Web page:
Trump expected to launch new White House bid despite his botched midterm campaign

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The projected defeat of Republican Kari Lake in the Arizona governor’s race on Monday completes a near total rout of 2020 election deniers in swing states whom former President Donald Trump thrust into the midterm elections.

Yet despite this staggering record of failure, the ex-president will host a big event at his Mar-a-Lago resort on Tuesday evening that is expected to culminate in the launch of a new presidential bid rooted in his false claims of a stolen election.

His determination to run again is already drawing widespread opposition among many Republicans on Capitol Hill, who are reeling from their failure to whip up a red wave to capture the Senate, where Democrats held on, and the House, which remains uncalled.

A new Trump campaign would set up a test between the growing skepticism of his ambitions among the upper echelons of his party and the adoration millions of base voters still feel for the twice-impeached ex-president.

Despite once telling supporters he’d do so much winning they’d get tired of it, Trump’s record on Election Day is pretty thin – save from the transformative shock of his 2016 triumph over Democrat Hillary Clinton.

The GOP’s losses under his watch – when they lost the House in 2018 and the Senate two years later – are driving a debate over his political viability within the party he has long dominated. His foisting of poor quality, extreme, election-denying candidates on the GOP in this year’s midterms is not just dampening his possible launch party. The ex-president is being accused of sabotaging his own team.

But true to form, Trump has shown little sign of self-doubt. Instead, he’s been attacking those Republicans who have proven they can build broad majorities more recently than he has – including Florida Gov. Ron DeSantis, his biggest potential threat in a presidential primary, and Virginia Gov. Glenn Youngkin, who campaigned for GOP candidates across the country this year after last year flipping a state President Joe Biden had won by 10 points.

But while Trump’s brand is tarnished and there are fresh doubts over whether a new campaign based on his obsessive claims of false voter fraud will fly in a general election, his past record of resilience suggests he shouldn’t be dismissed.

The 45th president has been down and damaged before – after the “Access Hollywood” tape was released in his first campaign, when Republicans lost the House in 2018, and then again following his own general election defeat in 2020. He earned the historic shame of a second impeachment after inciting an insurrection at the US Capitol in 2021.

But he’s always bounced back, leveraging a near mythical bond with the Republican base to break party rivals. Trump’s power has always been rooted in the notion that potential Republican foes cannot afford to attack him since they’d alienate his supporters and ruin their own political careers. One motivation behind an early White House announcement may be to prove that’s still true, as candidates like DeSantis, ex-Vice President Mike Pence, and other presidential wannabes assess his strength as they consider their own aspirations.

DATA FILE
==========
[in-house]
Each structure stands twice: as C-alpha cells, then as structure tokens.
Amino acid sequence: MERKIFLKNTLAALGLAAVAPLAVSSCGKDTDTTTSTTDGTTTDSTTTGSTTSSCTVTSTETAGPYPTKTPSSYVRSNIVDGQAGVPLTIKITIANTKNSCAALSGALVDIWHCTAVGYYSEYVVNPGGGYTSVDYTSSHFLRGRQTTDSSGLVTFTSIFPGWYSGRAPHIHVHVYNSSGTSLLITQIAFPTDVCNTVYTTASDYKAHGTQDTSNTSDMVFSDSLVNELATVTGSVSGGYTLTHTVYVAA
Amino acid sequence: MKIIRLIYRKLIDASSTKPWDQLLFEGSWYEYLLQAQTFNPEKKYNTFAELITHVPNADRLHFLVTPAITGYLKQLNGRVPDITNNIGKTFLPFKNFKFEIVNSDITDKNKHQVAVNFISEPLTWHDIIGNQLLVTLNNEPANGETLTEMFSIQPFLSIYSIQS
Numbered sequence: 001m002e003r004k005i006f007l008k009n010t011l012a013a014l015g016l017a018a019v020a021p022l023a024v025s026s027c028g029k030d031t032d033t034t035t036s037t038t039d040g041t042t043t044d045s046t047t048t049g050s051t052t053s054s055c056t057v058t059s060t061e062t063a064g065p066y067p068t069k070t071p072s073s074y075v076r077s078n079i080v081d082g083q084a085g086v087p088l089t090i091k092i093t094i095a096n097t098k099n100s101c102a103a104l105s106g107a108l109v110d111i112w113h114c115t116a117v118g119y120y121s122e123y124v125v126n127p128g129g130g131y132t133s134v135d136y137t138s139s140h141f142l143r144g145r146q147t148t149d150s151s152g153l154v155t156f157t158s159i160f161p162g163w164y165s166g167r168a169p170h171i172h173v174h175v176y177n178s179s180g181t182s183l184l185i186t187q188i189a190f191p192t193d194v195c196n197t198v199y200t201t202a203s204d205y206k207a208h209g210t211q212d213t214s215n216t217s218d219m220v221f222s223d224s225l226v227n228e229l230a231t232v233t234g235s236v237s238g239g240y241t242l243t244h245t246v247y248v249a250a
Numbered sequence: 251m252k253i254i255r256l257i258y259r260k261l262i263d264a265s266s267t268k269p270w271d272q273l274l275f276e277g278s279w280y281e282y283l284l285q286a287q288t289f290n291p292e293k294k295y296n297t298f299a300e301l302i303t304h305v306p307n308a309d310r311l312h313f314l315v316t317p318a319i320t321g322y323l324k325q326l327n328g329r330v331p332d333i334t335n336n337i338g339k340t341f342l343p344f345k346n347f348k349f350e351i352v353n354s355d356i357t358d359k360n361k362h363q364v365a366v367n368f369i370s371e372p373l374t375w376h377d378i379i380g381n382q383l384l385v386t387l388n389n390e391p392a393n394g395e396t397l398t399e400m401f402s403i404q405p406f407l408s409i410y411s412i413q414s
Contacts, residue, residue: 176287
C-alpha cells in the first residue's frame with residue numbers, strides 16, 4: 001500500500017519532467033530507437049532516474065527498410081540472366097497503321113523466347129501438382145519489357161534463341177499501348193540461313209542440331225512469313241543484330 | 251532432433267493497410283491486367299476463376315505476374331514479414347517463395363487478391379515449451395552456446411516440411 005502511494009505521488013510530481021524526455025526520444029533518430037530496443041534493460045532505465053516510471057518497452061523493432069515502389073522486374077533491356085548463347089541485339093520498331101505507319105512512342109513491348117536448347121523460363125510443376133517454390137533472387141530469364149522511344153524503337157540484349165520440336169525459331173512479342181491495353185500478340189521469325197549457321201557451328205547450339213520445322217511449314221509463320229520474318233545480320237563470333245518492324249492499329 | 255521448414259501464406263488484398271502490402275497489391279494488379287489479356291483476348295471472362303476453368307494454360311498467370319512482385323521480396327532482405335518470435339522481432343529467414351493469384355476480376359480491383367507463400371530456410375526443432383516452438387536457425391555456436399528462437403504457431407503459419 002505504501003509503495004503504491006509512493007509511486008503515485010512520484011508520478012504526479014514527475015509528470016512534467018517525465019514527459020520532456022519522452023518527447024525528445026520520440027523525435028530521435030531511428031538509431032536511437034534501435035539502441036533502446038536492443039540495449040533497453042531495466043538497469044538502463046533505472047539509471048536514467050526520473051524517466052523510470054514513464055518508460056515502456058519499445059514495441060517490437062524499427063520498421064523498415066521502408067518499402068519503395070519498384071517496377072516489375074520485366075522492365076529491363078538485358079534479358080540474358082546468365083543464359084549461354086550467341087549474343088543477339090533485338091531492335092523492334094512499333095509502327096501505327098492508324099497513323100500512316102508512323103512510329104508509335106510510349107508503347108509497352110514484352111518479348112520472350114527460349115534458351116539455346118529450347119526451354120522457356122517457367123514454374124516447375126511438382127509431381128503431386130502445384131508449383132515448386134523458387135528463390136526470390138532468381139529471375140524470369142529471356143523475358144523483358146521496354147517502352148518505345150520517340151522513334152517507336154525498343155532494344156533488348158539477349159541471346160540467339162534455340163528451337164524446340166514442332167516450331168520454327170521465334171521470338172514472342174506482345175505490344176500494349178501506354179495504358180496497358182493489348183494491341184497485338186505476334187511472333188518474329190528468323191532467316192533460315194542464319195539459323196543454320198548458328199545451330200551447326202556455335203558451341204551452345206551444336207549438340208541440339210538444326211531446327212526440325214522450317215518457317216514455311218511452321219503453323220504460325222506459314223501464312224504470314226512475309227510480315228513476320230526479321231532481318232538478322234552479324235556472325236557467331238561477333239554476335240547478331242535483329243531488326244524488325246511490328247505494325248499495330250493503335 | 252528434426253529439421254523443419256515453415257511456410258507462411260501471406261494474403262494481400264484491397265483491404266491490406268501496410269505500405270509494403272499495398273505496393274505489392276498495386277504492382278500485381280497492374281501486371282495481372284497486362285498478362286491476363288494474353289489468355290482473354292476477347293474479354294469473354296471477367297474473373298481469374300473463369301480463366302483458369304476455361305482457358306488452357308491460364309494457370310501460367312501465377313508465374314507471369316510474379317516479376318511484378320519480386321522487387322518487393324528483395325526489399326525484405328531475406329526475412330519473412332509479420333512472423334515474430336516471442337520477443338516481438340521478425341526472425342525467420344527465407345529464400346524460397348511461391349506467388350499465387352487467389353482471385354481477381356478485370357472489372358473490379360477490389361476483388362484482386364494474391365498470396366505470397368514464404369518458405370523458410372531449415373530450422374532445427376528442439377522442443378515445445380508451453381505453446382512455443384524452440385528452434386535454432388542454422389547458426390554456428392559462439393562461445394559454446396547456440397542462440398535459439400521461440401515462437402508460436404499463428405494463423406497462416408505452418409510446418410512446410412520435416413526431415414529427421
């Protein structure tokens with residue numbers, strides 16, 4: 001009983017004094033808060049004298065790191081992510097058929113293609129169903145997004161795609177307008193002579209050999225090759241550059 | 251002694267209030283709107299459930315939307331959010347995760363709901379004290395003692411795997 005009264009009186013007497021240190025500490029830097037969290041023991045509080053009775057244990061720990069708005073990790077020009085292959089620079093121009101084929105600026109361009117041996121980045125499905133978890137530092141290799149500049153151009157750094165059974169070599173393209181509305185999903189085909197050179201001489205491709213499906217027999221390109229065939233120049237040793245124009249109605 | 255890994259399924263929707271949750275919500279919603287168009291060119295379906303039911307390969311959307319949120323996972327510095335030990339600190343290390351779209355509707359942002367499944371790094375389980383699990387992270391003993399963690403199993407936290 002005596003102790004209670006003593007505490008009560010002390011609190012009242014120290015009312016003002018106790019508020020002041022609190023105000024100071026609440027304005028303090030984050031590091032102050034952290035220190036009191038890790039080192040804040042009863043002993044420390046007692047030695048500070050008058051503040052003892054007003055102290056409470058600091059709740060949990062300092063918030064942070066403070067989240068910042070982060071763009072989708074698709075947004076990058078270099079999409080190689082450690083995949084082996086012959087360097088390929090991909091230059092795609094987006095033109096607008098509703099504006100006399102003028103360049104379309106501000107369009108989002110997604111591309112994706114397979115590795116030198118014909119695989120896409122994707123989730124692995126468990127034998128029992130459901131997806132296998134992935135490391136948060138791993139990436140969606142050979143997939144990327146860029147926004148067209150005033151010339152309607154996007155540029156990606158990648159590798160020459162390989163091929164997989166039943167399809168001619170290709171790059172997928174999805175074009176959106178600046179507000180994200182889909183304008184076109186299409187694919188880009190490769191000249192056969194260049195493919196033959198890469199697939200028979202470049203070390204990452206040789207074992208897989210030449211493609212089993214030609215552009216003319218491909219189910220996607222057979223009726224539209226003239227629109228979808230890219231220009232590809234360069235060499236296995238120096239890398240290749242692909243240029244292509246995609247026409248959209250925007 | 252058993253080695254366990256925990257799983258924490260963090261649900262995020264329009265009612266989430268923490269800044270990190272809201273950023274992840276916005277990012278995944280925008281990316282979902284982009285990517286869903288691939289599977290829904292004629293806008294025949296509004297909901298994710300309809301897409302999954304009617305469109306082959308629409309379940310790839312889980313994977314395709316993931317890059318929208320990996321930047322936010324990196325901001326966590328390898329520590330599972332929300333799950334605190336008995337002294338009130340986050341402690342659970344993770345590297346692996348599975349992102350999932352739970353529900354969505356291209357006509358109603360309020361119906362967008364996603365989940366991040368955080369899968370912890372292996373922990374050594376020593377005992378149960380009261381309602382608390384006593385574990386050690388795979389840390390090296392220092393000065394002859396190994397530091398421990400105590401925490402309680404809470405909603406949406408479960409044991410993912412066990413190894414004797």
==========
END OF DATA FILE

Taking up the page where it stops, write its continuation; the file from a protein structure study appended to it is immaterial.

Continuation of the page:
Pence, for example – who will appear in a NEWS town hall on Wednesday evening – told ABC News in an interview that aired Monday that the American people will “have better choices in the future.”

A 2024 presidential race – with several strong potential GOP alternatives ready in the wings – will test whether Trump’s magnetism with primary voters will overcome growing fatigue over his incessant 2020 election fraud lies. And it would ask GOP primary voters a question: is their devotion to the ex-president more important than worries about his capacity to actually win the White House, despite growing evidence to the contrary?

On the eve of his possible announcement, the GOP was in a state of Trump-induced acrimony, which hurts it with a wider audience. It’s the kind of uproar in which Trump, the chaos agent who prospers most when the cacophony is loudest, often thrives and can use to fragment opposition to his power.

In the post-election frenzy, House Minority Leader Kevin McCarthy is facing a more complicated path than he expected to become speaker, leaving him with a thin prospective House majority at best. Incredibly, the GOP is yet to reach the 218 seats needed to win the House a week after the election. Still, the California Republican did get a standing ovation after calling on his conference to show unity on Monday ahead of Tuesday’s leadership elections.

Back-biting has also broken out in the Senate GOP with Texas Sen. Ted Cruz slamming veteran Minority Leader Mitch McConnell, while Florida Sen. Rick Scott mulls a challenge despite his failed stewardship of the GOP campaign committee’s bid to win the Senate. A fight also looms over control of the Republican National Committee.

The finger-pointing is emerging over a disappointing performance for Republicans. Trump-style extremism was repudiated at the ballot box in a vote that ought to have been a referendum on an unpopular sitting president in a tough economy – rather than one on a predecessor who left the White House but won’t go away.

There is every logical reason for Republicans to move on from Trump. One lesson from last week’s election is that voters didn’t reject Republicans per se. Authentic conservatives who distanced themselves from the ex-president, like Govs. Brian Kemp of Georgia, Mike DeWine of Ohio, DeSantis of Florida and Chris Sununu of New Hampshire cruised to reelection. But multiple Trump-backed candidates for governor, secretary of state posts, and Senate and House seats flamed out. One of the most high-profile election deniers, Lake, will lose to Democrat Katie Hobbs, NEWS projected Monday evening. Democrats in Michigan, meanwhile, won control of the state legislature, which had spent the last two years on election-denying distractions. Swearing loyalty to Trump and his election fraud hot air proved to be a disastrous campaign strategy for many candidates.